Papanui Rotary Club Chat
15 March 2022
My Experiences & Thoughts about Rotary
by AG Craig Murphy
Craig joined our Zoom meeting last week. He began by sharing that he is now in his second year as an ADG and feels it a privilege to be in that role as it enables him to gain a much wider understanding of Rotary and Rotarians.
Born and bred in Wellington Craig joined a major oil company at age 22 and went on to have a 31 year career with that company - many years of which were spent overseas. It was quite a different working environment than many get to enjoy and provided considerable opportunity to develop additional skills and to experience and to enjoy the living and travelling challenges the world provides.
Craig retired 18 years ago. Upon returning to New Zealand he and Shirley decided upon a life style block in West Melton on which they raised deer and grew hazelnuts. They bought a small advertising company and did a residential development over on the West Coast. Despite all of this Craig found he had time on his hands and looked at joining a community based organisation.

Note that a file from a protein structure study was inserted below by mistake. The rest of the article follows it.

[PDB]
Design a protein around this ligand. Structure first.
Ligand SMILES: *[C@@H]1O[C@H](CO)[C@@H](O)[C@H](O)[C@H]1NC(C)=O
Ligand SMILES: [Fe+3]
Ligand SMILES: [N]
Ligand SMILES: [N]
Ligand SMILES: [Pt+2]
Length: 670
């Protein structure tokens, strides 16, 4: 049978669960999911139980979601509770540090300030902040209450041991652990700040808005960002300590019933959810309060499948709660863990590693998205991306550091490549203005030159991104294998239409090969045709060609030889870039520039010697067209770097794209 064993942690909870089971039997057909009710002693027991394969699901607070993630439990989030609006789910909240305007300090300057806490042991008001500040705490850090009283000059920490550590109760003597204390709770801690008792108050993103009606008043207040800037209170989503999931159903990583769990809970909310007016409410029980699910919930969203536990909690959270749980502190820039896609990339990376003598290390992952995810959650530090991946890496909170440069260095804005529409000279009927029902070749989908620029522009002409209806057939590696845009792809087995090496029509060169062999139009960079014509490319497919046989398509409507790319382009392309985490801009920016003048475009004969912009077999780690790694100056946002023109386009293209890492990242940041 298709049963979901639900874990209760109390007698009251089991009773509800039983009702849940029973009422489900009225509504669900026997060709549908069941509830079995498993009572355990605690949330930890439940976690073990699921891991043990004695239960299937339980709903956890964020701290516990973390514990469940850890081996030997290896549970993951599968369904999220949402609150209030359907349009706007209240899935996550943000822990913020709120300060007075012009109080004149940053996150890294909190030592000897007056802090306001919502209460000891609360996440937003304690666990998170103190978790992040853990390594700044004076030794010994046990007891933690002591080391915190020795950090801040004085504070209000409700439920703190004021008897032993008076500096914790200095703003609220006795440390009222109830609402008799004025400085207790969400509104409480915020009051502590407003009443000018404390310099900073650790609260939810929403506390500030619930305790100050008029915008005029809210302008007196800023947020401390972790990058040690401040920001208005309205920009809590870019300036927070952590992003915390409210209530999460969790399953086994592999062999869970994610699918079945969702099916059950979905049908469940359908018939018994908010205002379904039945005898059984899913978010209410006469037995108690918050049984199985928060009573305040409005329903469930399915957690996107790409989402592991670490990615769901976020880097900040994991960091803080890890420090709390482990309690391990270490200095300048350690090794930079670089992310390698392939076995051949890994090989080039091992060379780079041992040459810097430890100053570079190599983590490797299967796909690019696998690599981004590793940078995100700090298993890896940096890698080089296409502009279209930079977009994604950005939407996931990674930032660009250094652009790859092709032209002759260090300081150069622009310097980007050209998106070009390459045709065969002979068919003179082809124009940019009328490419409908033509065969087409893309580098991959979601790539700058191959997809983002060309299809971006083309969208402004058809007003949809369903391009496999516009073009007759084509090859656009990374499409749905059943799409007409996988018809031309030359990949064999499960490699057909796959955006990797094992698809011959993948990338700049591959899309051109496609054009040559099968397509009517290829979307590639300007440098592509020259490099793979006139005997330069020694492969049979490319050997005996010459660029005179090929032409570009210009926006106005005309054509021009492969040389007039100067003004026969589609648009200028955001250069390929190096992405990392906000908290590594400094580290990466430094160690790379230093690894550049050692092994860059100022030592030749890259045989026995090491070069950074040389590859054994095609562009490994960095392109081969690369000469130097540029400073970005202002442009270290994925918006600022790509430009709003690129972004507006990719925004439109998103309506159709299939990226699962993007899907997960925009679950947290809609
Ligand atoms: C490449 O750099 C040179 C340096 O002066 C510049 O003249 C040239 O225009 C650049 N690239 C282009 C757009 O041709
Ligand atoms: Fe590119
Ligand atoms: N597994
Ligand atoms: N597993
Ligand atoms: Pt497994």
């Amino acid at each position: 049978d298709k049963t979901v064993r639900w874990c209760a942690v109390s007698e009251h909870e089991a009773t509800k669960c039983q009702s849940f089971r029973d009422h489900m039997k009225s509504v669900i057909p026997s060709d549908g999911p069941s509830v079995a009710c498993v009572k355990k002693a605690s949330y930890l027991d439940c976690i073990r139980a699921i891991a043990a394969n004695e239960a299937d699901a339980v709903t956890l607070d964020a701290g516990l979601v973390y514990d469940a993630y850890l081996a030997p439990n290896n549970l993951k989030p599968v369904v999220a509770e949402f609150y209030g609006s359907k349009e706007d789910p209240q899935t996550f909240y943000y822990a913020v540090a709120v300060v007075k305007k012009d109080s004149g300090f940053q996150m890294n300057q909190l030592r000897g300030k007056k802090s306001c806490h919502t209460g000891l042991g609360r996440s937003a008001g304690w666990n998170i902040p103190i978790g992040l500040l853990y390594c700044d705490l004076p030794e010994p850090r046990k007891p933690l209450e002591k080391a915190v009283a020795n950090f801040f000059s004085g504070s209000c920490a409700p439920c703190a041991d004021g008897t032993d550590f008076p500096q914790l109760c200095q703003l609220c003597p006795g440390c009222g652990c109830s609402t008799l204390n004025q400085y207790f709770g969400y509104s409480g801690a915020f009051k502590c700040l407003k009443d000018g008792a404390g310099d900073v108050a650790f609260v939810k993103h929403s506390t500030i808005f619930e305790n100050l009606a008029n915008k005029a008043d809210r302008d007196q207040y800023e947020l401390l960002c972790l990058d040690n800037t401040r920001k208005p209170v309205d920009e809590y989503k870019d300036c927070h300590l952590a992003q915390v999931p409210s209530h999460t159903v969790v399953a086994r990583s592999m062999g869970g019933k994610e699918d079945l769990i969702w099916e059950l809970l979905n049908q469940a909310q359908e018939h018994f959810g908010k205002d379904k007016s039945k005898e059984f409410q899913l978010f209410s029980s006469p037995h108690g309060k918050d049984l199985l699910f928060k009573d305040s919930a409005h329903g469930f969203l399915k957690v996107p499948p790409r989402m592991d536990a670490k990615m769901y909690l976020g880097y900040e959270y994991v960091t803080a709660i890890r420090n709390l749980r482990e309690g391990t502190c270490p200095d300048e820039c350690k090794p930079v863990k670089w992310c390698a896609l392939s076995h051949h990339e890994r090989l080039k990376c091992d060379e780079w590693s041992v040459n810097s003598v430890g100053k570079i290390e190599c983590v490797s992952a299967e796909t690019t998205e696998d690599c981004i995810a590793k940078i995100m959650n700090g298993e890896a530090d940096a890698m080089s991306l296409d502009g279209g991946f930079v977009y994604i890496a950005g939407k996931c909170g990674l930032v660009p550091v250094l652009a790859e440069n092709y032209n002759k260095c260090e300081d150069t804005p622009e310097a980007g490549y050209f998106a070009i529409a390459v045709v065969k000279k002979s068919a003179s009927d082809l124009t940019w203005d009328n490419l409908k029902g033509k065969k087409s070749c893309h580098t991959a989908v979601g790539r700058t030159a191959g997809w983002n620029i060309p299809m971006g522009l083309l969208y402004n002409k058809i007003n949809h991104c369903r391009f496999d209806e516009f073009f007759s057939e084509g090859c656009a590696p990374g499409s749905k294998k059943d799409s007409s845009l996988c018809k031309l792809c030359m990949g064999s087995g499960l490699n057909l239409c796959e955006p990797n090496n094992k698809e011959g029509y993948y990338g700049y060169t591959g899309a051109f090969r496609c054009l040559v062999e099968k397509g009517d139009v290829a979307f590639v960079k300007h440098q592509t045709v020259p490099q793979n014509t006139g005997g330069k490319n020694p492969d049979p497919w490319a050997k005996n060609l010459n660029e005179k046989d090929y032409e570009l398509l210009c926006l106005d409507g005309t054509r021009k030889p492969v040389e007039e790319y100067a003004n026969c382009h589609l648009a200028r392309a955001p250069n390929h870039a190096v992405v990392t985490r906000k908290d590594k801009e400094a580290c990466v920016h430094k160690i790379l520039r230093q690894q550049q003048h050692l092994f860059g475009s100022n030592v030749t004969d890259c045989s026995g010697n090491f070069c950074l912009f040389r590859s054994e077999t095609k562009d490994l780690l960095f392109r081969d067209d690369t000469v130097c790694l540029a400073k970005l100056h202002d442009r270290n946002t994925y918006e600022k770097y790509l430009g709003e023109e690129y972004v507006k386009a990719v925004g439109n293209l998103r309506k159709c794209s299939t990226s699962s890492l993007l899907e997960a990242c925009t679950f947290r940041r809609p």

Previously a JC Craig asked around and found that many of his old friends from JC’s had migrated to Rotary. Deciding that a lunchtime club best served his workload he approached Riccarton Rotary of which he has now been a member for 12 years. “I found I had the time, the energy and hopefully a skill set that could be utilised. I was also looking forward to forming a new circle of friends”.
Shortly after joining the earthquakes happened and Craig proposed a project to purchase a new wheelchair vehicle for the Burwood Spinal Unit. Being told to manage this project was a challenge to a new member but with the help of many fellow club members, other Rotary clubs, local businesses and Community Trusts the $75,000 required was soon raised and Rotary was able to donate the vehicle.